The ALERT platform, part of the Disasters and Emergencies Preparedness Programme, aims to enable humanitarian agencies to prepare for and respond to disasters in a more effective and coordinated manner. It’s a collaborative project, led by HelpAge. ALERT is first and foremost a platform that is useful for teams in every day response planning, but through its daily use it promote better coordination across the sector. For example, it would be faster to share information for what-where-who mapping. It also promotes cross-country and cross-agency learning, as you can learn about the preparedness process of other countries and agencies. ALERT is being tested at the moment, but you can find more information here www.alertpreparedness.org .
- Start Fund portal
Many of you reading this will already know about the Start Fund Portal https://startnetwork.org/start-fund/alerts, so I will instead focus on some of the ideas we’re discussing about how we can improve it. Firstly, we want to improve the map and improve the data on the map, 3w data is really what we’d be aiming for. Secondly we’re looking to publish data to IATI, so linking the portal (or the database it sits on) to that would make it easier for the team managing the data. Thirdly, we want to grow the Fund, but we want to do it in a way which doesn’t increase the workload for the team and members, so we’re looking at how we can bring in more automation on the Salesforce database that the portal sits on. If you have any ideas for how to improve the portal, please complete our survey.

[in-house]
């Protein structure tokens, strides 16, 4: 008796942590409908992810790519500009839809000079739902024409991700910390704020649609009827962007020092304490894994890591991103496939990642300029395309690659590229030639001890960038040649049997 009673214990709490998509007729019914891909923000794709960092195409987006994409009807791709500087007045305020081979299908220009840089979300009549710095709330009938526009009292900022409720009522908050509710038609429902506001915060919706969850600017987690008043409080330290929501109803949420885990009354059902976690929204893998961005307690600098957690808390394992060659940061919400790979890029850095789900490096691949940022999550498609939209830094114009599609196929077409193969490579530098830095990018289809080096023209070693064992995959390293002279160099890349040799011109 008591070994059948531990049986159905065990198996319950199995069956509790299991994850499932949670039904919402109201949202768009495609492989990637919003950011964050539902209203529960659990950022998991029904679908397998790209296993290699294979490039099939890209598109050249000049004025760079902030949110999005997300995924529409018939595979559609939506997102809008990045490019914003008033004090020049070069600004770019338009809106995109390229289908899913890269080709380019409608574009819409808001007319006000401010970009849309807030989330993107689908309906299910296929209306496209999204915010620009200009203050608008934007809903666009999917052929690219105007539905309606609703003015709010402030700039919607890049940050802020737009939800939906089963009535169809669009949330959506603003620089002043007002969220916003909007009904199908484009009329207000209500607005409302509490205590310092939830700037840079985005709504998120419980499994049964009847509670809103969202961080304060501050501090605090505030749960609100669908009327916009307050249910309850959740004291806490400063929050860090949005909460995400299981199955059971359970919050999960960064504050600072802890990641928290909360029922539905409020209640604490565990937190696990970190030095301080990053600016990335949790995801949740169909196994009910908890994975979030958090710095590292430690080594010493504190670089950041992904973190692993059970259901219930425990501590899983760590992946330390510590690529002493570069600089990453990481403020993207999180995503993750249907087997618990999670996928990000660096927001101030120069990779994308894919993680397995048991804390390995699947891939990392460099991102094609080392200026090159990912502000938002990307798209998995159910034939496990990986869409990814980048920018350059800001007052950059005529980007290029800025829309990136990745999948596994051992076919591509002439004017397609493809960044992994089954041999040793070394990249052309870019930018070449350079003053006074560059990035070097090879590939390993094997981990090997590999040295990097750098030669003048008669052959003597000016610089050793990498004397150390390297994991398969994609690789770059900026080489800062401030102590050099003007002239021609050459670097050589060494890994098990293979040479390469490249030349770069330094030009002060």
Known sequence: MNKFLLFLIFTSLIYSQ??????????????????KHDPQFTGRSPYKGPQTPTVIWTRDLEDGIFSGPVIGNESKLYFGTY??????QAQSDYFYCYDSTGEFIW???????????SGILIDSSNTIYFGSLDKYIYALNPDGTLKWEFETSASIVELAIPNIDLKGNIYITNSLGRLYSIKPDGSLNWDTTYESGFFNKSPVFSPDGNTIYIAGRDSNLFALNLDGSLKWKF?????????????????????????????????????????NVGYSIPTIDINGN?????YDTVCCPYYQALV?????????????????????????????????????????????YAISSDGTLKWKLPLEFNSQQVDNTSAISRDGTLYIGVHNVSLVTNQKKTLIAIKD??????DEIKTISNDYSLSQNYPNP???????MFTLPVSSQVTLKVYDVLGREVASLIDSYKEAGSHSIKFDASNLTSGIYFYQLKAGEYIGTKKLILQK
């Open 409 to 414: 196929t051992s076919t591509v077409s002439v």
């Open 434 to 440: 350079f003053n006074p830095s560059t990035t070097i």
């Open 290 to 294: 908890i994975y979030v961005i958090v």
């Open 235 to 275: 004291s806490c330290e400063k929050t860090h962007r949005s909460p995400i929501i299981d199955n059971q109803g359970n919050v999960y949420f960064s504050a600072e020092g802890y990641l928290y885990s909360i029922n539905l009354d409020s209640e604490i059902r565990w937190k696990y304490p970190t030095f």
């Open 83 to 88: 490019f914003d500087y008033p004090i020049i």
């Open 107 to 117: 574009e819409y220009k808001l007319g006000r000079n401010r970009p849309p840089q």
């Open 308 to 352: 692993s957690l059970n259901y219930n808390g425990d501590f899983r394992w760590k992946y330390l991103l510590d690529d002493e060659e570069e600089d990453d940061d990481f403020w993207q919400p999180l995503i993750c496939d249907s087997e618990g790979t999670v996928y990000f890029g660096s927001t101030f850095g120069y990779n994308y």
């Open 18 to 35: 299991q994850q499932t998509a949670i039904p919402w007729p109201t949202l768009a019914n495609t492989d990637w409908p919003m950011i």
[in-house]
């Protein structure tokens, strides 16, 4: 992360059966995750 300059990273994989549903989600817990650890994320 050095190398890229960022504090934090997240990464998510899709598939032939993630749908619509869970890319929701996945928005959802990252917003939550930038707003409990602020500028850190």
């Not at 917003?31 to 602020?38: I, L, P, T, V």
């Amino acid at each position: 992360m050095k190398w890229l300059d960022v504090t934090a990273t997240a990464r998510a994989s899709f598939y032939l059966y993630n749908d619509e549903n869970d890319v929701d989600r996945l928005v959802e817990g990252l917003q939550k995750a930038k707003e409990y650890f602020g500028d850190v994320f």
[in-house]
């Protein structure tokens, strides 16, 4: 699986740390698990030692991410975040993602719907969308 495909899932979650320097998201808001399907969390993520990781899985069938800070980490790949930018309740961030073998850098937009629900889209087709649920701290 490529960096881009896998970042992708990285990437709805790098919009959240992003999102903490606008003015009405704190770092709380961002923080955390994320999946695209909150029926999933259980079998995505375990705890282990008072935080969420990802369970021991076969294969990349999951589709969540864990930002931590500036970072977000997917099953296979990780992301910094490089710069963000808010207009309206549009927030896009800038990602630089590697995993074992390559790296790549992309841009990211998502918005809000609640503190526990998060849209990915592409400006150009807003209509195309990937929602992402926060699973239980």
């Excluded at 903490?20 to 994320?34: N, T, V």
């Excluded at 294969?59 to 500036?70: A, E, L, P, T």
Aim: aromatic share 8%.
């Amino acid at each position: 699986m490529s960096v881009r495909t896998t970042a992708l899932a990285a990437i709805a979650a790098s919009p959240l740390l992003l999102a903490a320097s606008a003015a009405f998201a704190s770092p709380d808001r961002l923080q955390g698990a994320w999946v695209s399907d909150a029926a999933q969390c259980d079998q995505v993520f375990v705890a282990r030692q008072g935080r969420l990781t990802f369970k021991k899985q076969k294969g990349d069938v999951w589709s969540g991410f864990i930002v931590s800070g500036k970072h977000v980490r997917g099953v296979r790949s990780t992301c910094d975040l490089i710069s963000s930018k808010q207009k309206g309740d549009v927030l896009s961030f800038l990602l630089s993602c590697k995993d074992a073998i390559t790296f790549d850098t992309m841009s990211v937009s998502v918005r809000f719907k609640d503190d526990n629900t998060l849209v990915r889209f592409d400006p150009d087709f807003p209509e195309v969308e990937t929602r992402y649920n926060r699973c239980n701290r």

Implementation of a weather forecast SMS system in rural Mongolia
1.4 million animals died in the winter of 2016 in Mongolia. If those herders had known in advance about adverse weather to come, many could have moved their herds to safer places. Erkhes Batbold told us about how Mercy Corps has implemented a weather forecast SMS system for Mongolian herders, because existing weather information was not localised enough. Crisis anticipation and early warning systems are central to the Start Network’s work, so this session was of particular interest to me.
Using weather from darksky.net and a system built on EngageSPARK Mercy Corp built a system which allows local people to sign up to SMS alerts to their mobile phones. Alerts have forecasts for weather for their region for the next one, three or six days. The project is funded to June this year and is well on its way to reaching its target of over 13,500 mobile subscribers.
Cash, data and HXL in emergencies
Priscilla Chomba-Kinywa, the Global Advisor - Tech & Innovation at DanChurchAid, talked about the growing amount of data being collected about cash interventions and appealed to NGOs to share information using the Humanitarian Exchange Language (HXL) standard. Patricia said that there is need to coordinate and share information, particularly in emergency contexts where there is need to move fast, use resources efficiently and reach as many of the affected population as possible. The HXL standard uses hashtags to allow organisations to share and process data in a simple way, this also allows NGOs to access crucial data that already exists about a location as collected by other agencies.
Questions were raised about understanding what data is needed and whether HXL can link to data on IATI, so agencies so have to report twice. Patricia urged people to get involved in the working group to discuss these points further
I attended may more sessions over the four days, too many to write about here, but you can see the full programme here.